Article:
Prime Minister-designate Saad Hariri concluded the second and final day of unbinding consultations with lawmakers on Saturday to form a new cabinet.
He first met with the Syrian Social Nationalist Party. After the meeting leader of the SSNP said: “The government’s priority must go to the social and economic issues and to meet the needs of the citizens to encourage them to stay in their country. Reform begins with stipulating an election law that does justice to the Lebanese.
He added: “It is our right to have a sovereign ministerial portfolio.”
Hariri later met with MP Emile Rahme who said: “I have asked for the formation of a national unity government.
“The trilogy of army-people-resistance is what made Lebanon reach these entitlements, and I hope it is mentioned in the ministerial statement.”
Hizbullah’s Loyalty to the Resistance later met Hariri. MP Mohammed Raad said: “The atmospheres are optimistic and we agreed to follow a mechanism for the distribution of portfolios.
“We reiterated the need to address the living conditions and to improve the security situation in addition to the necessity to stipulate an electoral law that provides just representation.”
On behalf of the Armenian MPs bloc, MP Agop Pakradonian said after meeting Hariri: “We suggested the formation of a 32-minister cabinet that can represent even the minorities. We urged for a speedy but not hasty formation of a cabinet.”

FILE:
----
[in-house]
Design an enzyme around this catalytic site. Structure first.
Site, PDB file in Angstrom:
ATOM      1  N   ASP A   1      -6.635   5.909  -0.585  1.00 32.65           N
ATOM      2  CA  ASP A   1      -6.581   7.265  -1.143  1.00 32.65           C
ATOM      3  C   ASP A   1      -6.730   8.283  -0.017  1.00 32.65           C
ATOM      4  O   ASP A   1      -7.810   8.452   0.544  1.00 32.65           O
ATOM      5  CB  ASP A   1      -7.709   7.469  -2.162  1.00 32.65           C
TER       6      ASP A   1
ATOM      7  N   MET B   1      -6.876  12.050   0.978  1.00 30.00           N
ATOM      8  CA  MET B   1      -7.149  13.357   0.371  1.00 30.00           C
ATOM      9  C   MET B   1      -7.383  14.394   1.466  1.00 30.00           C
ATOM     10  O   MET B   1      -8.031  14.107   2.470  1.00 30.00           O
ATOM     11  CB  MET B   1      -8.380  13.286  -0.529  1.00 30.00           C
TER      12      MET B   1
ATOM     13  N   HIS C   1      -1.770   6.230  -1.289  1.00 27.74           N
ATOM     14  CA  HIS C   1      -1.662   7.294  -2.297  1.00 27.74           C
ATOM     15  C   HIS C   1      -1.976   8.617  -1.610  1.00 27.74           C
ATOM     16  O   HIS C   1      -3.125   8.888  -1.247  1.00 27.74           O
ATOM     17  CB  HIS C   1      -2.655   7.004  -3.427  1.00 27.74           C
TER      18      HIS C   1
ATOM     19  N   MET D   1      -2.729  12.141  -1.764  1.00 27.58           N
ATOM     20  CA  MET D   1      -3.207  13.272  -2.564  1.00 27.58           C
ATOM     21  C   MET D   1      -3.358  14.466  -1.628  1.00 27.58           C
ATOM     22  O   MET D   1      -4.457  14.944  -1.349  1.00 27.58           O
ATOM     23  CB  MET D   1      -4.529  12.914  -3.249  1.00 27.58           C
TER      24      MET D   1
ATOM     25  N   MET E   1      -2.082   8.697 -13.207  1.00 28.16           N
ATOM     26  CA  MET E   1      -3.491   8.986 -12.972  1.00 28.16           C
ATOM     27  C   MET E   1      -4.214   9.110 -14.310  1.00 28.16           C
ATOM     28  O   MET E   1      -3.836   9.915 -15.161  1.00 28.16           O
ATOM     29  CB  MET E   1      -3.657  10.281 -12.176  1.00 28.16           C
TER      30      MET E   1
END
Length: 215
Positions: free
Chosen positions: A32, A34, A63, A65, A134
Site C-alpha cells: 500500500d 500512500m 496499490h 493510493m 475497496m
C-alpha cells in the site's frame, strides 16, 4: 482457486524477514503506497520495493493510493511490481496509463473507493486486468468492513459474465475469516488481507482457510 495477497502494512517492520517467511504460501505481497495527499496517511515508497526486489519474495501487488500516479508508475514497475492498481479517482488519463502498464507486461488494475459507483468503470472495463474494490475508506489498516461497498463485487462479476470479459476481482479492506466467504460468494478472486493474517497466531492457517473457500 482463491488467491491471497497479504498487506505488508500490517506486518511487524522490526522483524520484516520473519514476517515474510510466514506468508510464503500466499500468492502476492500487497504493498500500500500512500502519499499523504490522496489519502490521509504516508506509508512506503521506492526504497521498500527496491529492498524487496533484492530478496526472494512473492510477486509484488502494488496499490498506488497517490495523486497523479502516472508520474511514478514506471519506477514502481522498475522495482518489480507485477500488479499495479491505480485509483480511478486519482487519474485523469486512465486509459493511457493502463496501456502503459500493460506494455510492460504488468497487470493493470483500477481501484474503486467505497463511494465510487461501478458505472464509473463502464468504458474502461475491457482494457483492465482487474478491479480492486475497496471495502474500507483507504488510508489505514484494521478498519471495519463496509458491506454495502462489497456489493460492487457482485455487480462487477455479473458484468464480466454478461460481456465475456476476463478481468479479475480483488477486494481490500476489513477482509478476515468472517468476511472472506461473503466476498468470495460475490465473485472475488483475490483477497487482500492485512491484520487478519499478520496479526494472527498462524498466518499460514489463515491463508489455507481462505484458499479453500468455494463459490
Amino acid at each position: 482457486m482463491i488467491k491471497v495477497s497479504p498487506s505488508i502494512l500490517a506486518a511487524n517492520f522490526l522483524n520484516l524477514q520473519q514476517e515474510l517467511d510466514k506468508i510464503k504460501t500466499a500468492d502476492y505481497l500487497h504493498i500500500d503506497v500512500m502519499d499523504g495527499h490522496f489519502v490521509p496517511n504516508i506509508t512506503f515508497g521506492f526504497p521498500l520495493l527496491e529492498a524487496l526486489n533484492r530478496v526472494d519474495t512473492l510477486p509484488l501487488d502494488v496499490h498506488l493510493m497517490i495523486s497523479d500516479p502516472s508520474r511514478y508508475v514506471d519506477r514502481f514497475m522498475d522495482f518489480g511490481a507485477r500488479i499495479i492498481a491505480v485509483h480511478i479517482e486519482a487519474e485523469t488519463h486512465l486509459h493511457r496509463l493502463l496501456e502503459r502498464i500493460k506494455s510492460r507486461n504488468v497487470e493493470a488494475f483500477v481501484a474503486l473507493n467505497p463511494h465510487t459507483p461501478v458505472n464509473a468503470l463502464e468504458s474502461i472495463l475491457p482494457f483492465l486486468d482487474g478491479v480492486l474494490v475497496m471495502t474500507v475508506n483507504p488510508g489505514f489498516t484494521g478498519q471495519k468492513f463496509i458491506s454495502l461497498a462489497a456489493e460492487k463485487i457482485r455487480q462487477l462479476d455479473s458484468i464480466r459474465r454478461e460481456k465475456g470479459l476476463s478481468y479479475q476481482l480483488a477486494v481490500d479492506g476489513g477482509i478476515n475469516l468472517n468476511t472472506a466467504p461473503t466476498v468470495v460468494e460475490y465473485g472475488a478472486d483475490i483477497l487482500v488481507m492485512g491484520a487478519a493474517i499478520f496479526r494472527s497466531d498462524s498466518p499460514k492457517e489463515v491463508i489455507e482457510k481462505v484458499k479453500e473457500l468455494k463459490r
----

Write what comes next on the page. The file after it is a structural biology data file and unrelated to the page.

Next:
Al-Jamaa al-Islamiya MP Mohammed al-Hout said: “We would like to be represented in the cabinet. I expressed our hopes that the ministerial statement begins with the Baabda declaration and the oath of office (made by Aoun).”
For his part, MP Robert Ghanem said: “I have asked Hariri to form a national unity government that restores confidence in the State and its institutions and that brings back the Arab investments to Lebanon to create job opportunities.”
“We expect a speedy government formation to reactivate the state’s institutions and solve the people’s problems. We reminded of the need not to exclude any sect from any ministry,” MP Michel Pharaon said.
After meeting with Hariri, MP Serge Ter Sarkisian stated: “This government should be productive. Power lies in the President and the PM, not in the ministers.”
MP Ahmed Fatfat of the Mustaqbal bloc met with Hariri alone at first and later joined the bloc which is headed by MP Fouad Saniora, who said: “We urged for a quick cabinet formation and we wish that everyone facilitates the process.”
Former prime minister Hariri was nominated Thursday to form Lebanon’s next government.
Hariri’s key support had contributed to the election of Free Patriotic Movement founder and ex-army chief Michel Aoun as Lebanon’s 13th president on Monday, which ended around two and a half years of presidential and political vacuum.
Hariri’s nomination and Aoun’s election have raised hopes that Lebanon can begin tackling challenges including a stagnant economy, a moribund political class and the influx of more than a million Syrian refugees.
In a sign that Hariri’s task ahead might not be easy, Hizbullah’s MPs declined to endorse him for the prime minister post, even though his nomination was all-but-assured.
Hariri is likely to struggle with his government’s policy statement, which will have to make reference to Israel, as well as the war in Syria, both potential flashpoints with Hizbullah.
The process of forming a government could take months, with horsetrading likely to revolve around the distribution of key posts like the interior, defense and energy ministrie